Survey of TCP/IP Management Tools


Jon Crowcroft (jon@Cs.Ucl.AC.UK)
Thu, 12 May 88 16:53:49 +0100


I am conducting a survey of tools available for TCP/IP
internetwork management that are in the public domain,
or distributable freely, if with notice or whatever.

I may include a list of some of the sorts of
non-public domain tools that exist for comparison (e.g. some BSD
handy things like rdist etc).

I will collate answers and forward to this list when
a reasonable set is accumulated.

So far, the kind of tools I am thinking of fall loosely into
three categories:

A: Configuration management:
e.g. UCL have a (n)awk based account management tool, that generates
accounts, password files, mail aliases , nfs mount table parameters
and so on.

Programs for allocating addresses and names safely, would fall into
this category. Programs for checking routing set ups for consistency
might also go here.

Domain name test suites might go here too.

Programs for gathering traffic matrices fall into this category - and
some network dimensioning tools might be handy (help answer
where do i cut my ethernet type questions).

B: Fault Detection:
e.g. We have a version of ping that is driven by knowledge of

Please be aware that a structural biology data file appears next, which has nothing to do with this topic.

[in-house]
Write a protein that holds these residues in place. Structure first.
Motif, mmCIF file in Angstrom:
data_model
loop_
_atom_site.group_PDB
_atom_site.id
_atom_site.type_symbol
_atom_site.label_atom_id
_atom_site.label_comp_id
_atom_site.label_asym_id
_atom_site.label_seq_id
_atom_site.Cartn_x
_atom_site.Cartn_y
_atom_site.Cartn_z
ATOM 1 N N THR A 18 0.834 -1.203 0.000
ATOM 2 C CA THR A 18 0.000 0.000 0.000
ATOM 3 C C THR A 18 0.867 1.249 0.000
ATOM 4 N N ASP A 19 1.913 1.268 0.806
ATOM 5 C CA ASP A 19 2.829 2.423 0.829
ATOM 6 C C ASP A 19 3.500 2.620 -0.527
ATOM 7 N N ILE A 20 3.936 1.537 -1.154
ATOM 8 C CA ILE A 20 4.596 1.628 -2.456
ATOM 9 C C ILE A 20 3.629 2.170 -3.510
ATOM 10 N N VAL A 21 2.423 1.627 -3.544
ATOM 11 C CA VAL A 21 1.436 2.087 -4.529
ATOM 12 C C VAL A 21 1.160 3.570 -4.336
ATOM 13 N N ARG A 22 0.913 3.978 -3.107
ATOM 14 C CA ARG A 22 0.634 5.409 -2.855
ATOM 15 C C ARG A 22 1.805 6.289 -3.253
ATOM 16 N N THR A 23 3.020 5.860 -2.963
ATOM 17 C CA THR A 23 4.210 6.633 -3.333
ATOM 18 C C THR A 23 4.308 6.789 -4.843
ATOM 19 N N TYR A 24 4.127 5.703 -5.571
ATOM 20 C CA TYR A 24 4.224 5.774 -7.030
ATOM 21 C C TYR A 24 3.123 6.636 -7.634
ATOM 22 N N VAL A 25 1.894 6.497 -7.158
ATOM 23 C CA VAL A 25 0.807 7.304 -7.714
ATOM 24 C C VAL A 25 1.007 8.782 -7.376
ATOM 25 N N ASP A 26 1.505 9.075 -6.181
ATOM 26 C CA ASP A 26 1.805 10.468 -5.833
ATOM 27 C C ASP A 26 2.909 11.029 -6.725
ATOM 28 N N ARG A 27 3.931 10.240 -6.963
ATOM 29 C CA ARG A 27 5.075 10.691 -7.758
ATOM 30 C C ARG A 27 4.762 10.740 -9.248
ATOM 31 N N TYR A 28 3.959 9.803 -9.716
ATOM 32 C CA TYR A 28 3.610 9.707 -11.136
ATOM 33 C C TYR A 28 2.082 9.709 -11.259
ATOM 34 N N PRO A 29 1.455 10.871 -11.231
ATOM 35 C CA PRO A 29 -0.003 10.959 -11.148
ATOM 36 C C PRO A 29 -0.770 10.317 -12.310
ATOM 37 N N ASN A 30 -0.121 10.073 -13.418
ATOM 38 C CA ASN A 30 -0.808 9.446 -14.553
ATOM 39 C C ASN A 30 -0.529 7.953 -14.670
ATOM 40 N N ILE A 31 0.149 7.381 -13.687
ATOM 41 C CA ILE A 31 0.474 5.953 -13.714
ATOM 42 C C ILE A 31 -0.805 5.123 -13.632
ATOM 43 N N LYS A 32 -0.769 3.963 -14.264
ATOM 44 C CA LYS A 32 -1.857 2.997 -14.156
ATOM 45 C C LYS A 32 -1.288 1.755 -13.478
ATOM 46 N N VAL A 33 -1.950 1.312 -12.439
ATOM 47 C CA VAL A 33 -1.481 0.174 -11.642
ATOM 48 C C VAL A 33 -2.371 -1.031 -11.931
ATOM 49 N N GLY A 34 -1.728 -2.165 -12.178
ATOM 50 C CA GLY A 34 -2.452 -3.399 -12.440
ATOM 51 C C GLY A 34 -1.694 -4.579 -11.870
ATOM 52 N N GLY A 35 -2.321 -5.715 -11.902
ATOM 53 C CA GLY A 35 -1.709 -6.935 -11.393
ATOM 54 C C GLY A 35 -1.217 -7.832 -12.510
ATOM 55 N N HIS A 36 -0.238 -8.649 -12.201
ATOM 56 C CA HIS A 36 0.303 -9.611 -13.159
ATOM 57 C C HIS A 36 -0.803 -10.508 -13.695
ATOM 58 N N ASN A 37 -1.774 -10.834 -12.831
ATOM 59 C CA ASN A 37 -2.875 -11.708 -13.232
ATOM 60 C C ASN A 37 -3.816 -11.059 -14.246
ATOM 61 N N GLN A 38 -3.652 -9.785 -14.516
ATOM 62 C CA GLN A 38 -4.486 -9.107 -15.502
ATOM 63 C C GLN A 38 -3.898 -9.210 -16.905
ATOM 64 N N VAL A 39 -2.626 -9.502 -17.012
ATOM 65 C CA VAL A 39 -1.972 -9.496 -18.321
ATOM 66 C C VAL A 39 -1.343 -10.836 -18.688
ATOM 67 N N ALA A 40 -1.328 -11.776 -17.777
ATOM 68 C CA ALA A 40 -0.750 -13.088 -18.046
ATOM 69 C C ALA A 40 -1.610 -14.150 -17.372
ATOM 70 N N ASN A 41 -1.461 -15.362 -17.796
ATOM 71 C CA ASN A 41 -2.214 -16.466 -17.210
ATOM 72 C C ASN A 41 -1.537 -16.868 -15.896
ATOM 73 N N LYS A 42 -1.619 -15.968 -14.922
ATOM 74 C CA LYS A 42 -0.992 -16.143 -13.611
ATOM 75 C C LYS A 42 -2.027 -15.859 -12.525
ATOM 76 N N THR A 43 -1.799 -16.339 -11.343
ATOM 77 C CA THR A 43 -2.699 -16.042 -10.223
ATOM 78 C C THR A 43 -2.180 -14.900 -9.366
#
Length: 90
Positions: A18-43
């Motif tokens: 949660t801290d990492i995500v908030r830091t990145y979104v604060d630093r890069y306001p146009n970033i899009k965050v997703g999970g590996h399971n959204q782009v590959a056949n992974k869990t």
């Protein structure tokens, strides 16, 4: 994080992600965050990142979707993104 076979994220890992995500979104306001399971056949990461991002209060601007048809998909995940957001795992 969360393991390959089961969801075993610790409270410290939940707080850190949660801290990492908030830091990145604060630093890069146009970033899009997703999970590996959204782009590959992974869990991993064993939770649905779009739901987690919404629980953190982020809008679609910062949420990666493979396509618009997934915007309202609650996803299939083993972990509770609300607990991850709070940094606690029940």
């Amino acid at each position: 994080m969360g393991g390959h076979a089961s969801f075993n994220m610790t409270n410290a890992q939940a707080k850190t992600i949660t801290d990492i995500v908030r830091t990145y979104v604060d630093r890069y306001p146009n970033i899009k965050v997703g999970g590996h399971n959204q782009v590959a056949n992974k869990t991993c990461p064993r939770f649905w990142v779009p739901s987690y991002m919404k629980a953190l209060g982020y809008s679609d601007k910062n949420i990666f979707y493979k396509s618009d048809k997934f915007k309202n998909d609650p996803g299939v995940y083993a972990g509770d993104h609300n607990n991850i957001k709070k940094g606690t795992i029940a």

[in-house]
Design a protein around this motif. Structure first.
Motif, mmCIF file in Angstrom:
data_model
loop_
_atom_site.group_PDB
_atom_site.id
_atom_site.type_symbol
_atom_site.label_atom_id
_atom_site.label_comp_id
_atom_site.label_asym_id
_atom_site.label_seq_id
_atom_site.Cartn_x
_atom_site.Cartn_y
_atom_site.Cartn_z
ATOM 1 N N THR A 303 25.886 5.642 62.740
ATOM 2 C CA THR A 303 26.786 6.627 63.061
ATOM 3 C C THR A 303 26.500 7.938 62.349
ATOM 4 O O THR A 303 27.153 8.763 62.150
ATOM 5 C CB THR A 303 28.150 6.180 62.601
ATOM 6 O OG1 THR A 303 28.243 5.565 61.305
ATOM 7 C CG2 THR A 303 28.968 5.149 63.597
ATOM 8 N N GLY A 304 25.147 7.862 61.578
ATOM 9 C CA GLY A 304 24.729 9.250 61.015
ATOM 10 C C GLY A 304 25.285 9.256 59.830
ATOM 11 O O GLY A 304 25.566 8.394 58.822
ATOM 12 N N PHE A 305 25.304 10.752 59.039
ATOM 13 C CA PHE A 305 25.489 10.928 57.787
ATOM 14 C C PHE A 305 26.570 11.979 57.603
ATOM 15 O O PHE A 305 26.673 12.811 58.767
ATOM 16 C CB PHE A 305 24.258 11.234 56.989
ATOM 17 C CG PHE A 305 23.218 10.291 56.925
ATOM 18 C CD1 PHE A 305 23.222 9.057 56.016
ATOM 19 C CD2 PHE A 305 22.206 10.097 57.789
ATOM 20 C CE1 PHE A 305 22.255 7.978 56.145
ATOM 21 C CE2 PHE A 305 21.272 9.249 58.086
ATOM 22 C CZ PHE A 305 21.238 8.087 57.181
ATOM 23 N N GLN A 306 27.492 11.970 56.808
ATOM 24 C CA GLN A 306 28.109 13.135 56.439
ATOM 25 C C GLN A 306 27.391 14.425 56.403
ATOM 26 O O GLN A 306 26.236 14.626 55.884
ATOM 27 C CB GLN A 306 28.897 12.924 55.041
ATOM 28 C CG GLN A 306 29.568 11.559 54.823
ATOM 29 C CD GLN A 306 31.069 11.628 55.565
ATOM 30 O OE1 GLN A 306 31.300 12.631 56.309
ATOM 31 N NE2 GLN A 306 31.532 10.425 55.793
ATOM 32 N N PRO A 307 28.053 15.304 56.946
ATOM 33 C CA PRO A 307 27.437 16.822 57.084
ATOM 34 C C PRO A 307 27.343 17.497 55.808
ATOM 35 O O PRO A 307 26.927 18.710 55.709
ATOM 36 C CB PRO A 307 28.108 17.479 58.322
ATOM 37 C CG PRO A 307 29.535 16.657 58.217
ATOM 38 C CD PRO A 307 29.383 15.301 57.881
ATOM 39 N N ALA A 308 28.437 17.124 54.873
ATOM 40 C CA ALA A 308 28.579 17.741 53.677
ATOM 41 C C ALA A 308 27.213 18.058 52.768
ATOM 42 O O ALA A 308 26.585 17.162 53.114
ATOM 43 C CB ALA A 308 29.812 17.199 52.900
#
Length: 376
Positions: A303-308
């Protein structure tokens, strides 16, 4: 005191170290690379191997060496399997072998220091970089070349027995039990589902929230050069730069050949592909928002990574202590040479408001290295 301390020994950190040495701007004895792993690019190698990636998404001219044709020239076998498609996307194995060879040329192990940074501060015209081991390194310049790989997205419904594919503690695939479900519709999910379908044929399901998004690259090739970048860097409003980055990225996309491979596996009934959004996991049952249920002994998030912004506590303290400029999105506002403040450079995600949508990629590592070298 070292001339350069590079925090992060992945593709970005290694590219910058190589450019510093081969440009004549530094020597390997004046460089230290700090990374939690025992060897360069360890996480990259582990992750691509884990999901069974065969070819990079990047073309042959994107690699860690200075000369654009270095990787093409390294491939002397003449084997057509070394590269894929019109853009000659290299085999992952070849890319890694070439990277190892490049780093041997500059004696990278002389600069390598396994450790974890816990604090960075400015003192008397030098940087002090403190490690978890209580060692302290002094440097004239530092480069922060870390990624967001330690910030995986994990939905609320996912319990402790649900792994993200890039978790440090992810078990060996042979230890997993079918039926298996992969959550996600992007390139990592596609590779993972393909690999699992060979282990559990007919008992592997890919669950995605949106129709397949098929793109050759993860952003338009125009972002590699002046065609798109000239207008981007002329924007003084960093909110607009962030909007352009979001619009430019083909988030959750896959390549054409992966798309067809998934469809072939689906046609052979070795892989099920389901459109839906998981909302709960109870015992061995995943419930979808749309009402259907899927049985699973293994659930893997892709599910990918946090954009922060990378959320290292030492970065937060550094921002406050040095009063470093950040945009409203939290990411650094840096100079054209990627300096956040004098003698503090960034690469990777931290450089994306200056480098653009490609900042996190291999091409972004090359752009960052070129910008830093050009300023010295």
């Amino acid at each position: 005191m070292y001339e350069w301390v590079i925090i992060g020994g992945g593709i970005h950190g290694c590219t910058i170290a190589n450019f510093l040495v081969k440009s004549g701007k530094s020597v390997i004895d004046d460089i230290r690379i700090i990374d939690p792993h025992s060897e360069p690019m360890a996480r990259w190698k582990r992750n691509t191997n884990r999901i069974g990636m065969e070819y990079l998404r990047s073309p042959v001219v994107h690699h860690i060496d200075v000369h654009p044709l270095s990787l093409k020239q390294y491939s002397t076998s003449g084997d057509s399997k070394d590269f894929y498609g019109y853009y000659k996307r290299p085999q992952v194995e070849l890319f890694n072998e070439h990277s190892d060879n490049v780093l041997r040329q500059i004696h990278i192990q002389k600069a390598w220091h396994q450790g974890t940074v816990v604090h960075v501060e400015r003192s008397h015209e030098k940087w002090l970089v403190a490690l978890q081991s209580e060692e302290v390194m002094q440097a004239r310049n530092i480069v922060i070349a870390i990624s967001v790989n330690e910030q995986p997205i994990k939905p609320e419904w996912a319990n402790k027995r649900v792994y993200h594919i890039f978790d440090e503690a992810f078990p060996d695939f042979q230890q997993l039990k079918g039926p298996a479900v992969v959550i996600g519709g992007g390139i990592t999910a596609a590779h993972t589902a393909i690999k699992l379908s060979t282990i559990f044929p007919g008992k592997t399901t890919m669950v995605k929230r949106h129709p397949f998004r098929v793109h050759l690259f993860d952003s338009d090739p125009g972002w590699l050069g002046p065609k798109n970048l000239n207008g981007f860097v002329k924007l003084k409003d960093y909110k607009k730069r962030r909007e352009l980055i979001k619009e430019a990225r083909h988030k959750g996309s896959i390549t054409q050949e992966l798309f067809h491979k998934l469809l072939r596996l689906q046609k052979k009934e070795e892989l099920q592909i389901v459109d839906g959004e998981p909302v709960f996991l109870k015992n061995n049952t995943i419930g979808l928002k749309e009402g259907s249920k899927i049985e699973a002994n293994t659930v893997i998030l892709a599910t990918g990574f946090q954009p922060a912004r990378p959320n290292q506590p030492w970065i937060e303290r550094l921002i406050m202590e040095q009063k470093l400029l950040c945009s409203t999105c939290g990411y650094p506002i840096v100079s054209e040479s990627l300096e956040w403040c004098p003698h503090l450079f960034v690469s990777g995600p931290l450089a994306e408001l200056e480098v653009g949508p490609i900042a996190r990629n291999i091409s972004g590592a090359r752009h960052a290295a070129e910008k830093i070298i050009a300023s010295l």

the topology, (but does not use source route or record, unfortunately)
and can therefore track where a link is down in a path. This is
combined with a telnet level ping, to say what the state of
any host is at the end of a path...it has a termcap driven
graphic display...

C: Performance management:
e.g. tcpdump type programs that allow non-intrusive
sensible analysis of protocols as they operate.
e.g. traffic generators for UDP/TCP etc

Note that I am interested mainly in collecting small tools that
may be plugged together in a nice fashion rather than monolithic
be all and end all systems, and I am biased towards simple existing
network solutions - programs that depend on the more sophisticated
features in gateways or hosts are no use, since all heterogeneous
networks are lowest common denominator by defn.

I would prefer not to restrict the list to Unix based tools, though
I know shareware tends to come from that domain more than others.

if answers could be of the form it would help:

A/B/C name OS description Anon-FTP? Restrictions



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